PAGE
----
Judicial Deference to Agencies’ Decisions in Brazil and the United States

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American doctrines of judicial review may provide useful models for Brazilian courts.

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In Brazil, judicial review of administrative decisions is based on broad and ill-defined parameters. In general, any administrative decision is subject to judicial review, but it may be invalidated on review only if it is arbitrary or an abuse of discretion. The prevailing review pattern in Brazil is a “hard look” review resembling the arbitrary and capricious test in U.S. administrative law.

For independent agencies, judicial review in Brazil is substantially narrowed by agencies’ technical discretion—namely, agencies’ discretion in exercising their regulatory powers over a regulated sector. The Brazilian judiciary’s recognition of the technical nature of many administrative actions recommends a broad and qualified judicial deference to an agency’s decisions related to the technical aspects of the statute administered by the agency, as long as judges are presumably unfamiliar with some regulatory issues. Administrative agencies in Brazil clearly have “the benefit of specialized experience,” to quote the U.S. Supreme Court in United States v. Mead Corp.

The Brazilian Supreme Federal Court (STF) has recently reaffirmed its standard of judicial deference by stating that an agency’s technical expertise and its institutional capacity requires a deferential attitude of the judiciary, so courts should be limited to examining if the agency decision is arbitrary and according to the law.

In short, the Brazilian model of judicial review of agency decisions is twofold: In step one, the Court initially asks whether the agency interpretation is in accordance with the law it administers; if the answer is affirmative, then, in step two, the court accords deference, as a rule, to the agency’s judgment.

Brazilian judges, however, decide whether to apply technical discretion when reviewing an agency interpretation case by case. That has led Brazilian judges reviewing agency decision-making to apply the standard of technical discretion indiscriminately, whether it is a procedural or a substantive review. There is no other precisely defined judicial review standard and judges recurrently decide some matters de novo although an agency has presented a reasonable construction of the statute.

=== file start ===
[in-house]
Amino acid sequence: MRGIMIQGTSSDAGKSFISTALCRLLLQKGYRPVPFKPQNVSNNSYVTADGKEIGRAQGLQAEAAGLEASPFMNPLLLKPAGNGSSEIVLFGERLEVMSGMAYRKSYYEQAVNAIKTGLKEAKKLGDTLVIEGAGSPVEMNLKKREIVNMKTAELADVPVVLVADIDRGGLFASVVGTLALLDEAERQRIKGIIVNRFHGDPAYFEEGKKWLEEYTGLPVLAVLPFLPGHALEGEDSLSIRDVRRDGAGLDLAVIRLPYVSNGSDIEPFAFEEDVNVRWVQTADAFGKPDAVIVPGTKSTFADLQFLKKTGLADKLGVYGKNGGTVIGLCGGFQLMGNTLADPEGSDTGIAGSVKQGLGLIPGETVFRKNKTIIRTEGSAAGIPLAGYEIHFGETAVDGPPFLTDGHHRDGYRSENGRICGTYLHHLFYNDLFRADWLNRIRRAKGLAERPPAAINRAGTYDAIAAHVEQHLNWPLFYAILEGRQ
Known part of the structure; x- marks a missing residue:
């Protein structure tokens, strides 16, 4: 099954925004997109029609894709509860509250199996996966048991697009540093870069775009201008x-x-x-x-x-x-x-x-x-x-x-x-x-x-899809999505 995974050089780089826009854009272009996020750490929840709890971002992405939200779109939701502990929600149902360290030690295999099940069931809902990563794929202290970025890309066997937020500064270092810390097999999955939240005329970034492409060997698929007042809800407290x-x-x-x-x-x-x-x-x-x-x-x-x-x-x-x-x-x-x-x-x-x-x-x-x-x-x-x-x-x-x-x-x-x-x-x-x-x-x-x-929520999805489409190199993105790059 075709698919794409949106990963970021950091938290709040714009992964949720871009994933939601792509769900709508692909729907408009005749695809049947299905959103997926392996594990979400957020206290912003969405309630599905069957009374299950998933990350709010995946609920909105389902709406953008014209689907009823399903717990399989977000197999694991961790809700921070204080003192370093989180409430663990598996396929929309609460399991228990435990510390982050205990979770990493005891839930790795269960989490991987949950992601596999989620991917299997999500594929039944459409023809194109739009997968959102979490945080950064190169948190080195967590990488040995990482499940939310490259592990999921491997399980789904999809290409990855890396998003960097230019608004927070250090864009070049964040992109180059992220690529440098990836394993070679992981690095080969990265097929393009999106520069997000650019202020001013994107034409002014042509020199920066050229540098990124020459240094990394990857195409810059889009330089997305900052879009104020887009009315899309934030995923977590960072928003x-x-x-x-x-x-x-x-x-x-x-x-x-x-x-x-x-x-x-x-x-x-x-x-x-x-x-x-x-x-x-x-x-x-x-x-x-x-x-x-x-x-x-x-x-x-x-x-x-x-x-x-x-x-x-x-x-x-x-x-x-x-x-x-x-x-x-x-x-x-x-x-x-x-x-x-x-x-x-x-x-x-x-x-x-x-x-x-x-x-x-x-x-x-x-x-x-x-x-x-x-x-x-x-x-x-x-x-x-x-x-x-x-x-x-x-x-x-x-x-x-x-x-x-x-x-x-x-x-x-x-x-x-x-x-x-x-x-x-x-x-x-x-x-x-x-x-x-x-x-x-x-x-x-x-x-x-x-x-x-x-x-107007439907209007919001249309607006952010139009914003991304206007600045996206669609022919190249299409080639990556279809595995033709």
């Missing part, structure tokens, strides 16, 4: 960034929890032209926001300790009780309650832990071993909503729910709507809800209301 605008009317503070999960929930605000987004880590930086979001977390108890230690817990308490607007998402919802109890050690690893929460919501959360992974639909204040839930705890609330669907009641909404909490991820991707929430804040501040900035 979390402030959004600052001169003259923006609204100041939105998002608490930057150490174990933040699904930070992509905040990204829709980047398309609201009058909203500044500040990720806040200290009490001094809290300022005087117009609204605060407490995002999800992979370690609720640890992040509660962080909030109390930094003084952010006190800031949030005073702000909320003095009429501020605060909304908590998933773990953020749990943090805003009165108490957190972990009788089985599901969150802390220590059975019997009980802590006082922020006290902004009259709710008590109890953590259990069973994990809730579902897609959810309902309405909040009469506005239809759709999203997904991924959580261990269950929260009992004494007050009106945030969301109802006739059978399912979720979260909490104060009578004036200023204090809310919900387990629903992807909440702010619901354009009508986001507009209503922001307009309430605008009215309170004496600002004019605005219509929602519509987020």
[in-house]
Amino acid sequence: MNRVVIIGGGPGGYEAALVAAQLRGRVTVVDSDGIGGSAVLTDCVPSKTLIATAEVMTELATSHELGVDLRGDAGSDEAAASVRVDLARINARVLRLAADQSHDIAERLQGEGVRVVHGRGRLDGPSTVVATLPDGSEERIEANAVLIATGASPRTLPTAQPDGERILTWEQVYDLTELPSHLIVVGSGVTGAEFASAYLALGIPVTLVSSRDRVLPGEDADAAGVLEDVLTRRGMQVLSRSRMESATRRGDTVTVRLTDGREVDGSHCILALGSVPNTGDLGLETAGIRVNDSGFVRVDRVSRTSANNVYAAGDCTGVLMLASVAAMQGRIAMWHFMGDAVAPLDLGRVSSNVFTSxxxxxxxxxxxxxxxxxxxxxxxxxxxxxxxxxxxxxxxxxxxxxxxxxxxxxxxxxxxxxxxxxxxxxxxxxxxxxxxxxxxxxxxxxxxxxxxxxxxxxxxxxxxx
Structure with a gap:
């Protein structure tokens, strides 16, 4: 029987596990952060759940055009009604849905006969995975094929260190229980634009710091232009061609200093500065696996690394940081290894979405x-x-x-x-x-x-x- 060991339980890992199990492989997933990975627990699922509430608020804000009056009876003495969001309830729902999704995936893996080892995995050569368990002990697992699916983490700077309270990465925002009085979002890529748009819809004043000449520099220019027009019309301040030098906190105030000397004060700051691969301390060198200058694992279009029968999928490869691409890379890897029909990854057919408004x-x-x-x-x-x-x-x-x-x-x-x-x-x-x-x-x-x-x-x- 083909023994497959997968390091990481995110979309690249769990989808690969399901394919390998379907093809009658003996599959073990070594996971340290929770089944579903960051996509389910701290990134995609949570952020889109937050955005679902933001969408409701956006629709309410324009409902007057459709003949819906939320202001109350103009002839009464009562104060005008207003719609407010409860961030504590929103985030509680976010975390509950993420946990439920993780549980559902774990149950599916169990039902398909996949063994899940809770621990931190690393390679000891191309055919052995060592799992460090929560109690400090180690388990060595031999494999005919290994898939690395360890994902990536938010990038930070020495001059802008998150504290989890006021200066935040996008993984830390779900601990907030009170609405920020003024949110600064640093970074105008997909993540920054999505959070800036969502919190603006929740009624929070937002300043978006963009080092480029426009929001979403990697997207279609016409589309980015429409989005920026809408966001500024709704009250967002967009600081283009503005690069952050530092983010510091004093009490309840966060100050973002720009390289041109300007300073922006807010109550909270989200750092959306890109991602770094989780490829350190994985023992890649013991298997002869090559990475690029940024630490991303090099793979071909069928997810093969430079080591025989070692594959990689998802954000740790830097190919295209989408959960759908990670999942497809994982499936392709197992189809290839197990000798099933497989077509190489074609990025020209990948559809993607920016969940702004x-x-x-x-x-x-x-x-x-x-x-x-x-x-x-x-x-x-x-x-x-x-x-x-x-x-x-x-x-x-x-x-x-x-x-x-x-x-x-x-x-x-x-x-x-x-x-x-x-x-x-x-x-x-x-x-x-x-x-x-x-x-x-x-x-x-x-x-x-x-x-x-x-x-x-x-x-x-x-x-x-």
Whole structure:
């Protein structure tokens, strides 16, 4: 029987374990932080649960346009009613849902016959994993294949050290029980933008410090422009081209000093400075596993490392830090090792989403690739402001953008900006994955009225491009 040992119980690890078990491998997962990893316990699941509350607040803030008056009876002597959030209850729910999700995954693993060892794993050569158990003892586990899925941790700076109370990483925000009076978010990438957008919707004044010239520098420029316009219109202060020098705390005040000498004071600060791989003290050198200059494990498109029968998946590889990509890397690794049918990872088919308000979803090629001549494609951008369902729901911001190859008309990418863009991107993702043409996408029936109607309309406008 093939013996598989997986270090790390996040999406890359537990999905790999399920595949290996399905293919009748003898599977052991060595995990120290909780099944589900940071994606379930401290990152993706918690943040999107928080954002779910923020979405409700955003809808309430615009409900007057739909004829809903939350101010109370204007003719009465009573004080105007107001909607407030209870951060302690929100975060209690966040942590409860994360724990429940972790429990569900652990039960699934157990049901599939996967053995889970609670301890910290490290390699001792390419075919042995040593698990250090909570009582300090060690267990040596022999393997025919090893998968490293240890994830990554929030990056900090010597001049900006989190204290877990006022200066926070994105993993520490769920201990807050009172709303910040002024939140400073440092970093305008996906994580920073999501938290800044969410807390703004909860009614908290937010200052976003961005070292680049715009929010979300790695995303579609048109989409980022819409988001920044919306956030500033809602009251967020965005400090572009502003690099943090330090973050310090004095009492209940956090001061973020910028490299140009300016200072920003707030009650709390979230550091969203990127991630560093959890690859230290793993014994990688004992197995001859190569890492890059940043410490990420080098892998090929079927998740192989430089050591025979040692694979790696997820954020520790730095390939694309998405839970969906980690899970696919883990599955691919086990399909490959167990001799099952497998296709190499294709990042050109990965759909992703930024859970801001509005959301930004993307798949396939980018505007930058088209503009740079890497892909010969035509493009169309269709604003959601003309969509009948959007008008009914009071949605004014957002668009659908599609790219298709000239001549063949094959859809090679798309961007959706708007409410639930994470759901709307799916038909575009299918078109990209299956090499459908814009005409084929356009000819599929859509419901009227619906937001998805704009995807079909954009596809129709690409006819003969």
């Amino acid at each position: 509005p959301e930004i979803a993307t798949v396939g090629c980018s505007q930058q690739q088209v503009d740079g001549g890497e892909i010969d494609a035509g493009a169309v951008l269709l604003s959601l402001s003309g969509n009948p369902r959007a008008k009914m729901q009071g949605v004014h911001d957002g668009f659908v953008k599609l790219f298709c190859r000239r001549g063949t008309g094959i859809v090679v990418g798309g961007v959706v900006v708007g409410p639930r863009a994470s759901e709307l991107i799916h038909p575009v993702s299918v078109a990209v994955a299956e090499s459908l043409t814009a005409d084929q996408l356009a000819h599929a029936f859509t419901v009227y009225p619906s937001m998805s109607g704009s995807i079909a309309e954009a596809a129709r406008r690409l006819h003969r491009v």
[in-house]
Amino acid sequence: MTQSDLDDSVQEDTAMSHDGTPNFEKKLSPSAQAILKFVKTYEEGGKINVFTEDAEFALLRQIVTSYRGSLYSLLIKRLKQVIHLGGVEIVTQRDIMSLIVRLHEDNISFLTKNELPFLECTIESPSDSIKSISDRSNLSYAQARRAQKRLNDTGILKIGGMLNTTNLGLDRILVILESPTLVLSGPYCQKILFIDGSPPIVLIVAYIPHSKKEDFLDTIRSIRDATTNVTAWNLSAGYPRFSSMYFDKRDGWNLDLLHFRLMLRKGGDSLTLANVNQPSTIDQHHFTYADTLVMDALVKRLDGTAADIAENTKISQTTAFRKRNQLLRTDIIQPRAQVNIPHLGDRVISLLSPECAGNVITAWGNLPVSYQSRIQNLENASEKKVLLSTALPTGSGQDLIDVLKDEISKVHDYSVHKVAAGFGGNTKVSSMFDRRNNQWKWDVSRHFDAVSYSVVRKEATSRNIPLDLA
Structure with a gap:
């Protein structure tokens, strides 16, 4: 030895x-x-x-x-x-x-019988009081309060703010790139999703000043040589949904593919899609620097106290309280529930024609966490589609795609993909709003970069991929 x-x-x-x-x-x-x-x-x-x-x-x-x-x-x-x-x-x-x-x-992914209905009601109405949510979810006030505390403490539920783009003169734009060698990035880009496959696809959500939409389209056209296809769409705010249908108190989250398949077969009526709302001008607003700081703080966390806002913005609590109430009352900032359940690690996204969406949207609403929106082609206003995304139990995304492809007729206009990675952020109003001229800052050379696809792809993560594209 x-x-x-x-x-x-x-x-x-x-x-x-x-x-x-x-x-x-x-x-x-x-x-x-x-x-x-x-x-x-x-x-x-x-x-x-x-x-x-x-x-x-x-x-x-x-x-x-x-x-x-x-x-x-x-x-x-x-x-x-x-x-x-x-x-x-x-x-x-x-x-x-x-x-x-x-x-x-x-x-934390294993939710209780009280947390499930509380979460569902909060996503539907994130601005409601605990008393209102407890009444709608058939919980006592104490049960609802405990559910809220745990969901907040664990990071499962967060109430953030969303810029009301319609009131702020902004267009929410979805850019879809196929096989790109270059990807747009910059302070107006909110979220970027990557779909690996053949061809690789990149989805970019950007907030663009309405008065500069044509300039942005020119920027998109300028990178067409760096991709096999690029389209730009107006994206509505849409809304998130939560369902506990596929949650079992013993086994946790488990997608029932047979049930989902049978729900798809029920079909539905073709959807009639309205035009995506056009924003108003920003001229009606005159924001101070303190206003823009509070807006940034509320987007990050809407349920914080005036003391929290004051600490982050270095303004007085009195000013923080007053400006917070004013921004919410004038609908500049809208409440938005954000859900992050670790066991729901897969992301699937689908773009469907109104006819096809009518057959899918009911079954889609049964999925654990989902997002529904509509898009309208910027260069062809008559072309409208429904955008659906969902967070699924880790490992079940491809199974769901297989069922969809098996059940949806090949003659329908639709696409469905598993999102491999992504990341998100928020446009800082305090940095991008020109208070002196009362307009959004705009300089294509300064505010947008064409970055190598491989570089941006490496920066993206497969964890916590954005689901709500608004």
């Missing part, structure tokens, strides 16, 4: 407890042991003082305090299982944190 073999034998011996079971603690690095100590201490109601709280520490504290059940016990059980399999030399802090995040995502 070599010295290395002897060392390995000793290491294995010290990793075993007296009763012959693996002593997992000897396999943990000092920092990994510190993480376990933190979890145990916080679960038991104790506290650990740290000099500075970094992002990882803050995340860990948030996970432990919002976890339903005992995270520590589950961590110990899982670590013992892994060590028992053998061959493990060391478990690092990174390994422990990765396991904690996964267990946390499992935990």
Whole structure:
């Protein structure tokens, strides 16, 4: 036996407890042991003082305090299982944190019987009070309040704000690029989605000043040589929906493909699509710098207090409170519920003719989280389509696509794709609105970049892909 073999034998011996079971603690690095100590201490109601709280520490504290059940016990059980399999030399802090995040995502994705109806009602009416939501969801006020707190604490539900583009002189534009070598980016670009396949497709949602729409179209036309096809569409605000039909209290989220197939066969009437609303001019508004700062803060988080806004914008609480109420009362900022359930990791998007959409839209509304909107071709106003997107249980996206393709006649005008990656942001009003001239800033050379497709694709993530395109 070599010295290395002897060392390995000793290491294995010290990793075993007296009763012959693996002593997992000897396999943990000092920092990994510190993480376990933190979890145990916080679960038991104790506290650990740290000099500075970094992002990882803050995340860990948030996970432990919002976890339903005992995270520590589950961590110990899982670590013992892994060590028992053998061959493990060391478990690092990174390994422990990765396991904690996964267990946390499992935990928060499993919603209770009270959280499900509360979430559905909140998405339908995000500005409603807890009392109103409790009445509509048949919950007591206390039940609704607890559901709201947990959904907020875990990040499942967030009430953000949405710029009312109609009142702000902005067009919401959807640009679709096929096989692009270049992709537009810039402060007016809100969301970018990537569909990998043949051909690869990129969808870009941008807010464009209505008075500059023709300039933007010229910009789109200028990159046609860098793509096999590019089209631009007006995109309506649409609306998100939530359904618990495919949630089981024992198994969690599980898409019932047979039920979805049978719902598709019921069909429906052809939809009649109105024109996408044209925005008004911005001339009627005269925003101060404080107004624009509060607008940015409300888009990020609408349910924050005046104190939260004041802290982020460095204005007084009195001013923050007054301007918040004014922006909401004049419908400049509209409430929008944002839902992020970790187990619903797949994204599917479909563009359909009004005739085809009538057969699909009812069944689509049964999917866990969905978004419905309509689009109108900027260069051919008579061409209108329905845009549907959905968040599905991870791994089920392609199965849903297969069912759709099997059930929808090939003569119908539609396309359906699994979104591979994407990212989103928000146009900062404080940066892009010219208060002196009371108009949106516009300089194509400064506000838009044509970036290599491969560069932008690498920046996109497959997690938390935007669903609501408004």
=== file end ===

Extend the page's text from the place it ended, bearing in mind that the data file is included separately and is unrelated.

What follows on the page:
This simple judicial review model resembles the approach to deference the U.S. Supreme Court articulated for agency interpretations of their statutes in Chevron v. Natural Resources Defense Council. But Chevron is based on a precise two-step model. More importantly, it is not a secluded doctrine, steering judges’ decisions: The U.S. Supreme Court has numerous doctrines that speak to judicial deference to agency action.

These doctrines have been set on a series of landmark precedents. For example, the Court’s early decisions in Securities and Exchange Commission v. Chenery Corporation and Skidmore v. Swift & Co. attended to standards for judicial deference to agencies’ decision rationales. Vermont Yankee Nuclear Power Corp. v. Natural Resources Defense Council reined in courts’ authority to impose additional procedures on agencies. Although decisions such as Citizens to Preserve Overton Park v. Volpe and Motor Vehicles Manufacturers Association v. State Farm Mutual Automobile Insurance Co. called for the courts to probe agencies’ factual and policy justifications, they specifically say that the courts should not substitute their own policy reasoning for that of the agency. Finally, Chevron and Mead articulated a strong deference to agencies’ interpretations of ambiguous statutes, while the earlier Bowles v. Seminole Rock & Sand Co. and more recent Auer v. Robbins laid down a doctrine that courts should defer to an agency’s interpretation of its own ambiguous regulations.